Congestive Heart Disease in Dogs

Heart disease in dogs is common, especially in geriatric animals. Congestive heart disease occurs when your dog's heart's capacity to contract diminishes and your dog's heart can no longer pump blood as well as is should, leading to a back up of fluid in your dog's chest cavity. This fluid puts pressure on your dog's heart, and sometimes on his lungs, and can lead to a type of heart failure called congestive heart failure.

How a Healthy Dog Heart Functions

Your dog's heart is the pump that moves blood throughout his circulatory system. The right side of your dog's heart is smaller and less powerful; that side of the heart takes de-oxygenated, carbon dioxide rich blood from your dog's body and sends it, a low pressure, into the lungs where it picks up more oxygen. The left side of your dog's heart is stronger and more powerful; it sends oxygenated blood back into your dog's body.

Each side of your dog's heart has two chambers, an atrium and a ventricle. Blood enters the heart through the atrium, and then travels into the ventricle. A contraction of the ventricle sends blood back out of the heart, whether to the lungs or to the body. A valve between the atrium and ventricle stops blood from flowing backwards through the chambers of the heart.

Congestive Heart Disease

Congestive heart disease in dogs means that your dog's heart can no longer pump blood in the right volume or under the right amount of pressure. When the amount of blood getting pumped out of your dog's heart decreases, the amount of blood coming in increases. When this happens, fluid builds in the vessels and tissues upstream of the heart, and as the pressure increases, heart function suffers more.

Causes of Canine Congestive Heart Disease

Congestive heart disease in dogs can have a number of causes, but generally this disease is the result of one of two common causes, which are Degenerative Valvular Disease (DVD) and Dilated Cardiomyopathy (DCM).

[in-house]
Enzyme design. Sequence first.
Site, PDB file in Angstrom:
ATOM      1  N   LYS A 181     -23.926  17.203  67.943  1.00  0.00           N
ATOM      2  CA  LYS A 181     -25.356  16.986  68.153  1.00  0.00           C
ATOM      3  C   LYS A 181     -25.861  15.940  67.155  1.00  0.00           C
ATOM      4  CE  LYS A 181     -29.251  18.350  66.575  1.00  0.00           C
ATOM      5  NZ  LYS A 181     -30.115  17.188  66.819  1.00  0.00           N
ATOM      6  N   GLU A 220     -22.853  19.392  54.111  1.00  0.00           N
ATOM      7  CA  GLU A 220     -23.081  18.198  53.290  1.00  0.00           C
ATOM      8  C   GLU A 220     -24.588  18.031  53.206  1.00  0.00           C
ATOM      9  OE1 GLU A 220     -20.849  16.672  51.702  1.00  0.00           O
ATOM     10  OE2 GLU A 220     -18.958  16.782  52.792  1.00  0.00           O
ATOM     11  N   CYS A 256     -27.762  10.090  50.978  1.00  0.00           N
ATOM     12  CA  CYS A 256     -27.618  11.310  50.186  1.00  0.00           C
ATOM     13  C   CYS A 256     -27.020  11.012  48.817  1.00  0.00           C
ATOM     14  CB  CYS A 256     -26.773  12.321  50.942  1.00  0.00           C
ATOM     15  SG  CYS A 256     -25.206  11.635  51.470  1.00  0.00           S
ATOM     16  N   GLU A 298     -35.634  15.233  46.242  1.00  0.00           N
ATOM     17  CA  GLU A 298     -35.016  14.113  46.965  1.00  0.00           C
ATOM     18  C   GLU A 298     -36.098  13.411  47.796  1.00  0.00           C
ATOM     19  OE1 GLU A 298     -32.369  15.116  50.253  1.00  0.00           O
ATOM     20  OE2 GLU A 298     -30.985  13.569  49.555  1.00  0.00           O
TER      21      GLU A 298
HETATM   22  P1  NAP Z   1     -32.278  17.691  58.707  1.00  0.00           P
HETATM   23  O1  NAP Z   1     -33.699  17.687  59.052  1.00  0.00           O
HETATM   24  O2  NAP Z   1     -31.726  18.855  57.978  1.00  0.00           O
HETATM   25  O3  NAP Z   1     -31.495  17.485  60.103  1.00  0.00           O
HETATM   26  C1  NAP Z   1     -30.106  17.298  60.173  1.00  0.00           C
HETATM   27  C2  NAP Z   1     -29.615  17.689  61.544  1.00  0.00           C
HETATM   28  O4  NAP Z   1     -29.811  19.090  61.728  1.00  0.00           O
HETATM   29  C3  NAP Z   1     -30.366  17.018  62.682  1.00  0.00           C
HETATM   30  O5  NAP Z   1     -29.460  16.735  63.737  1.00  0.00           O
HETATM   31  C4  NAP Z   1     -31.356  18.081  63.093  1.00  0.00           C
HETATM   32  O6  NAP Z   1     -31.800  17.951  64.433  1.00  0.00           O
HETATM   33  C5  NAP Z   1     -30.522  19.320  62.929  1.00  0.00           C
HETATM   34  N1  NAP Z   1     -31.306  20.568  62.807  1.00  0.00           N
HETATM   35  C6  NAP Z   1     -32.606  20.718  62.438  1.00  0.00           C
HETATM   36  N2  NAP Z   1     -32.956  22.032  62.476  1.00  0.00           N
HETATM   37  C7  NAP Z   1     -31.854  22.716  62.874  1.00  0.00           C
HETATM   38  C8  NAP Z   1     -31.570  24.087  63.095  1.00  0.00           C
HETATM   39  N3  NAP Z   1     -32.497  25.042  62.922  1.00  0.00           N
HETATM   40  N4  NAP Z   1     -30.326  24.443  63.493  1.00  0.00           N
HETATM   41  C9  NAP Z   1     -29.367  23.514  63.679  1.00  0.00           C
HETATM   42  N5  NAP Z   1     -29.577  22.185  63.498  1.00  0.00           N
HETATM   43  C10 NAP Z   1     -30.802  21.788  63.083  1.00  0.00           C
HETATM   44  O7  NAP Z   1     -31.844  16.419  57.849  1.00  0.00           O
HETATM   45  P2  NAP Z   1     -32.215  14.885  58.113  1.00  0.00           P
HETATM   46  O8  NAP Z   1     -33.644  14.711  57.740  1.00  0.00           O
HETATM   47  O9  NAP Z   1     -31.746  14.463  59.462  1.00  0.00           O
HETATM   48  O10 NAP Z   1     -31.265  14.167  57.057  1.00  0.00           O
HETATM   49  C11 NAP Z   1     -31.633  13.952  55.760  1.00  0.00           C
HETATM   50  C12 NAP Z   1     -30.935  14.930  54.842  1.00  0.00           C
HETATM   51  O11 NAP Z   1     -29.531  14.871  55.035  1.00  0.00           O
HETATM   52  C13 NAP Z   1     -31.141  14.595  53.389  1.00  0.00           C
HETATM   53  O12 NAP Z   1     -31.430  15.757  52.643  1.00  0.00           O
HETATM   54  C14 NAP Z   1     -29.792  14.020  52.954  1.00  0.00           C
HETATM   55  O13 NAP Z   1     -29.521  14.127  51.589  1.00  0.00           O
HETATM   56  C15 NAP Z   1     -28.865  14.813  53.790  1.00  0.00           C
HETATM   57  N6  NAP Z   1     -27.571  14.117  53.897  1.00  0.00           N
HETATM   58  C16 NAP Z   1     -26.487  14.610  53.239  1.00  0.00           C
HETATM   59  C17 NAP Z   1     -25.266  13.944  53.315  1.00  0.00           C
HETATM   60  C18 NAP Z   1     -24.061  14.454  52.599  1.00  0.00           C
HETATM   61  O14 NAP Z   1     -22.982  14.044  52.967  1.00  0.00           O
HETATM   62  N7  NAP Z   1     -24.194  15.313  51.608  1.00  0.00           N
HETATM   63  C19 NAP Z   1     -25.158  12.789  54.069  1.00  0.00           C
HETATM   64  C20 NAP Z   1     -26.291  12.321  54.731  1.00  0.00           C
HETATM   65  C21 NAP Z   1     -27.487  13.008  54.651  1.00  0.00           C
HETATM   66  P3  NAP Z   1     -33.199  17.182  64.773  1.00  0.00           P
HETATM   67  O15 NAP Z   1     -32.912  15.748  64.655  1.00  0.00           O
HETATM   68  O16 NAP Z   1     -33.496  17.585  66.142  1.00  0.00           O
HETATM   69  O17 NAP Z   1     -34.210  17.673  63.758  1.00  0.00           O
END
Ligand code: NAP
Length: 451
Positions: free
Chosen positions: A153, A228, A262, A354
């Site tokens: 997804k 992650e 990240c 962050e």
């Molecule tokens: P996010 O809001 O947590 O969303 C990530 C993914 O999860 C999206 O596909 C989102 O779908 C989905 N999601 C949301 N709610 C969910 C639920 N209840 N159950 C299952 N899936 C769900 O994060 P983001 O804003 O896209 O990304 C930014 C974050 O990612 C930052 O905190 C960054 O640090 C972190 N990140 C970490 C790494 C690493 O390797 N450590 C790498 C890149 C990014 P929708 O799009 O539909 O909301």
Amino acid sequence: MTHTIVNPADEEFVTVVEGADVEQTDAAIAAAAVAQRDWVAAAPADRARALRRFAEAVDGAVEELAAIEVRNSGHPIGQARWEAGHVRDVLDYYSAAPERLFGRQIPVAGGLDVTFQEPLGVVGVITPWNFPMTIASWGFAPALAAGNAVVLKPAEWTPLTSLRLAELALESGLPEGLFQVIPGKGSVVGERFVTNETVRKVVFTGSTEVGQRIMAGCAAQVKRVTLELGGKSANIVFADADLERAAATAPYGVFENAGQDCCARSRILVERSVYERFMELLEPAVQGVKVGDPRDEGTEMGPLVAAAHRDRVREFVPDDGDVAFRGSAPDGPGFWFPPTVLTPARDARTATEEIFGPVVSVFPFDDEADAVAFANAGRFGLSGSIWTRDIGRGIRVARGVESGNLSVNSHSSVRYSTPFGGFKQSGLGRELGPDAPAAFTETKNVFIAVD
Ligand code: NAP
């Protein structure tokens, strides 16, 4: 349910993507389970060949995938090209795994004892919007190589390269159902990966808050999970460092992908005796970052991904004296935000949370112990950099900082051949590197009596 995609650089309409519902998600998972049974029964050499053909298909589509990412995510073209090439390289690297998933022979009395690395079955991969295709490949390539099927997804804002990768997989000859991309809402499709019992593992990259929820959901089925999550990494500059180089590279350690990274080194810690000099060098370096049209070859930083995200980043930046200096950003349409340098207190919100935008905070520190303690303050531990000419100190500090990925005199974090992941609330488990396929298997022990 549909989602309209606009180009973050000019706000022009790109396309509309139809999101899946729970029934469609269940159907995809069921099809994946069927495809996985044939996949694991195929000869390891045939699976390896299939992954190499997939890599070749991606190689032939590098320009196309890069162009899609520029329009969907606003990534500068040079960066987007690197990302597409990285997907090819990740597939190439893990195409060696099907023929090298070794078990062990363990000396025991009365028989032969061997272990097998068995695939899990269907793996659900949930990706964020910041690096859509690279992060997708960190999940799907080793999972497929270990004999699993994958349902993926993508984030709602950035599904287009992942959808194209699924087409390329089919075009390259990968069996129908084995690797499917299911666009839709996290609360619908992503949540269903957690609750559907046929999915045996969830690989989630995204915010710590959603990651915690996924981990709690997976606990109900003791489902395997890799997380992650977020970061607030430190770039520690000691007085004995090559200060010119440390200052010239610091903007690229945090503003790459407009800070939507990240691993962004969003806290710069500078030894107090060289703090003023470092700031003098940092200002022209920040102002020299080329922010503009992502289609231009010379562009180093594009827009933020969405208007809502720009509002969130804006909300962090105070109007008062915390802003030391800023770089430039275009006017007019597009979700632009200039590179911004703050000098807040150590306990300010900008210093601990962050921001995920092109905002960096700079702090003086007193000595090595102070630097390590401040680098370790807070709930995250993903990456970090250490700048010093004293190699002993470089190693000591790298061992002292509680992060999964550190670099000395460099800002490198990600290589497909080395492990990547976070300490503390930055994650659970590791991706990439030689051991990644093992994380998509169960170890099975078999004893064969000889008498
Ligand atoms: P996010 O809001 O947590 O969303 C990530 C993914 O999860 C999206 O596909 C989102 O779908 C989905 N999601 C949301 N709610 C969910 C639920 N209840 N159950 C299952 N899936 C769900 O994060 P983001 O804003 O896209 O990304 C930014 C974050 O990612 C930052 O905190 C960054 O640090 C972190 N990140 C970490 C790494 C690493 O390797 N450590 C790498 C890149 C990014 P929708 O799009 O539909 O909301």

Degenerative Valvular Disease weakens the valves between the chambers of your dog's heart. When this happens, the valves can no longer stop blood from flowing backwards through your dog's heart. As a result, blood begins to accumulate in the tissues of the chest cavity.

Dilated Cardiomyopathy occurs when one or both of the ventricles in your dog's heart begin to get bigger. As a result, the muscles walls of these heart chambers weaken and the ventricles are no longer able to pump blood as effectively as they did before. As the ventricles get weaker, they're able to pump less and less blood out of the heart. This leads to congestion upstream of the heart as blood accumulates there.

Symptoms of Congestive Heart Disease in Dogs

Vets don't yet know exactly what causes canine congestive heart disease. However, no matter the cause, symptoms remain similar. They include:

  • Sleepiness
  • Coughing
  • Lowered appetite
  • Fluid build up in the abdomen
  • Lack of energy
  • Fainting
  • Difficulty sleeping

Vets can administer a variety of medications to treat canine congestive heart disease, however, there is no cure.